Reliving my (painful) past

I want to preface this post by saying that these are things i’ve experienced and at the time of writing this, I do not have a PTSD diagnosis. I, in no way, want to make those with a proper diagnosis feel less than or devalued in any way.

Often times I find myself in these dizzying spells with negative thoughts running rampant. They flood my mind: terrible, painful memories that I wish would vanish.

Discovering deceased pets, multiple instances of being bullied which included: thumbtacks, sharp side up- They would be left on my chair with an audience that consisted of my entire class, watching and waiting to see if I would notice and sit on it, purposely having dodgeballs thrown at my face, having friends-of-friends find out personal details about me and they would attempt to humiliate and berate me based on it, being excluded from birthday parties, having the whole class turn against me while the teacher was out of the room – that’s just some of the bullying that occurred during my elementary school years. Can’t forget the workplace bullying with all kinds of instances that included customers yelling at me, management making me cry or not believing things I say (I am very honest) and being fired – which was one of the most humiliating things i’ve ever lived through, co-workers being nasty to me for reasons i’ll never know.

I also can’t forget all the things my Father did: the daily verbal abuse, screaming so loud that you could hear him down the block, chasing me to my bedroom and holding the door closed so I couldn’t leave, yelling at me for questioning things he said and having friends witness his emotionally destructive behaviour which was embarrassing and continued to pile the stress on top of me. 

This is just a small portion of the hundreds, maybe thousands of memories that flow through my mind.

Even though I had the support of my Sisters and my Mum, I still felt so alone and depressed. I didn’t think I would survive so I failed to look after myself. I think sadness was one of the first emotions I remember experiencing.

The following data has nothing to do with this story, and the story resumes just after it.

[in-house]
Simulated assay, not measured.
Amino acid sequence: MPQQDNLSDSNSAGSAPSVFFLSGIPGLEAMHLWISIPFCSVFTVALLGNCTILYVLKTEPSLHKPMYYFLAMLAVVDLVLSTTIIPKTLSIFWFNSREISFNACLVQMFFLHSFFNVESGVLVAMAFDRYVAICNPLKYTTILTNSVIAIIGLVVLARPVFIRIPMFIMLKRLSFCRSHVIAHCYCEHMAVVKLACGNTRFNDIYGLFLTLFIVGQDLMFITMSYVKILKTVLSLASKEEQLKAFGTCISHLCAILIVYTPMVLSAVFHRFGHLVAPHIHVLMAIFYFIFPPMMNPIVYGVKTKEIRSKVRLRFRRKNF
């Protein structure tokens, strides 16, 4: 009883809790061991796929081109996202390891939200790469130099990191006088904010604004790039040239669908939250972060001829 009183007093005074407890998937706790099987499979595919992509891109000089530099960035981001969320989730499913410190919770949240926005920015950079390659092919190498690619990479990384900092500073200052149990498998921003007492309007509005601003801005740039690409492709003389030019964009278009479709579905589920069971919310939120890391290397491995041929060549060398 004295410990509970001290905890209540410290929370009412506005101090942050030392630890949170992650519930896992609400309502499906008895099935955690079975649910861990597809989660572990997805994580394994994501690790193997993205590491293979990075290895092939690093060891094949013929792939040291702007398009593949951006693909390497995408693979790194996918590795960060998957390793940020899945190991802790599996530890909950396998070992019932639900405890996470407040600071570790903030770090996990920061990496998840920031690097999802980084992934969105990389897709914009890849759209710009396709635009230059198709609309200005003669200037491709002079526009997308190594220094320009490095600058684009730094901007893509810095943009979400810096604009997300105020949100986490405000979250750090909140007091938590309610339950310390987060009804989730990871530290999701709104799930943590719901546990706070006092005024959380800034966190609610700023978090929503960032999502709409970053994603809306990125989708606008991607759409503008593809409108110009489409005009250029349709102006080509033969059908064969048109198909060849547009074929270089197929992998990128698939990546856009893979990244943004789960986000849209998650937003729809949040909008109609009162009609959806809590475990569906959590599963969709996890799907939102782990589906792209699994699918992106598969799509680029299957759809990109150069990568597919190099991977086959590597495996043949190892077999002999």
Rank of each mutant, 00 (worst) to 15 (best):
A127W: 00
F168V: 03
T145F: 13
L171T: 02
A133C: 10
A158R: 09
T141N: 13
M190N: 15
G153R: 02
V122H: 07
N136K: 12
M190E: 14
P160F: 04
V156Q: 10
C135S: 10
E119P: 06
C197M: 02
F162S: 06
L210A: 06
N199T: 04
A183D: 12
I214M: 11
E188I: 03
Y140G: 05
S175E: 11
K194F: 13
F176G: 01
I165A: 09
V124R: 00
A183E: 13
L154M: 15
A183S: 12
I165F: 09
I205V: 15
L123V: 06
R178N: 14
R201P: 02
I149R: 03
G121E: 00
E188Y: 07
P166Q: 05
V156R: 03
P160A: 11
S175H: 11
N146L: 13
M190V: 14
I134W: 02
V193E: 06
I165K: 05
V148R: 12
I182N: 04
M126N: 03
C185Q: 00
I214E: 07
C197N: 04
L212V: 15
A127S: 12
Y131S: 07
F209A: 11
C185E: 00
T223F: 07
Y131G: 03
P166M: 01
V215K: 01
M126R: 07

I want these painful memories to subside. Easier said than done. I can’t seem to shake off things that happened as far back as I can remember. 

People often say things like “Forgive and forget”, “don’t dwell on your past”, “move on” and “live in the present”. It’s NOT THAT EASY. Diminishing the valid feelings of those who often have to suffer in silence is not something that sits well with me. It’s hard enough to allow those feelings to come to the surface, let alone feel comfortable enough with anyone to actually allow the words of pain to flow out of ones mouth. It’s a PRIVILEGE to listen to such agony. I don’t think it’s okay to interject comments telling someone to forget, move on and live in the present. It makes things worse.

I have reached out to some people that have caused me pain and forever haunt me in my memories and I was unsuccessful. I also was left feeling as though what happened was my fault. I do my best to cope.

Forgiveness is so much harder than its made out to be and it has stages that are very similar to grief. I would say that one of my biggest faults or personality flaws would be the severity of my anxiety. Many thoughts continue to haunt me, not only during my waking hours but even during my sleep.

I’m talking about those nights where my mind and my heart feel like they are racing in unison.

Trying to fall asleep, I toss and turn. Sometimes, I wake up at 3am and lay there, trying so hard to go back and sleep peacefully when my mind is at war with it’s self. My body becomes warm, clammy and my night sweats are the worst. I try to find something to think about or something to do. If one of my cats happens to be awake I will gravitate towards them; their soft hair, their therapeutic purring – it helps me stay mindful, it’s calming, it puts me at ease.

Every day is a new chapter but my story starts with pain and my book is still being written. There’s still a chance for happiness.


My plight as a Millennial

I never decided to be part of the Millennial or Me Generation.

I have heard that nearly half of Millennials rely on their parents for financial help! I think there’s a very common misconception that we all have that “luxury”, Simply put: We don’t.

Being nearly 30 years old, I have always known I do not want to have children. I am perfectly content with my beautiful, spoiled rotten Cats and constantly worry about the economical and environmental state of our fragile planet.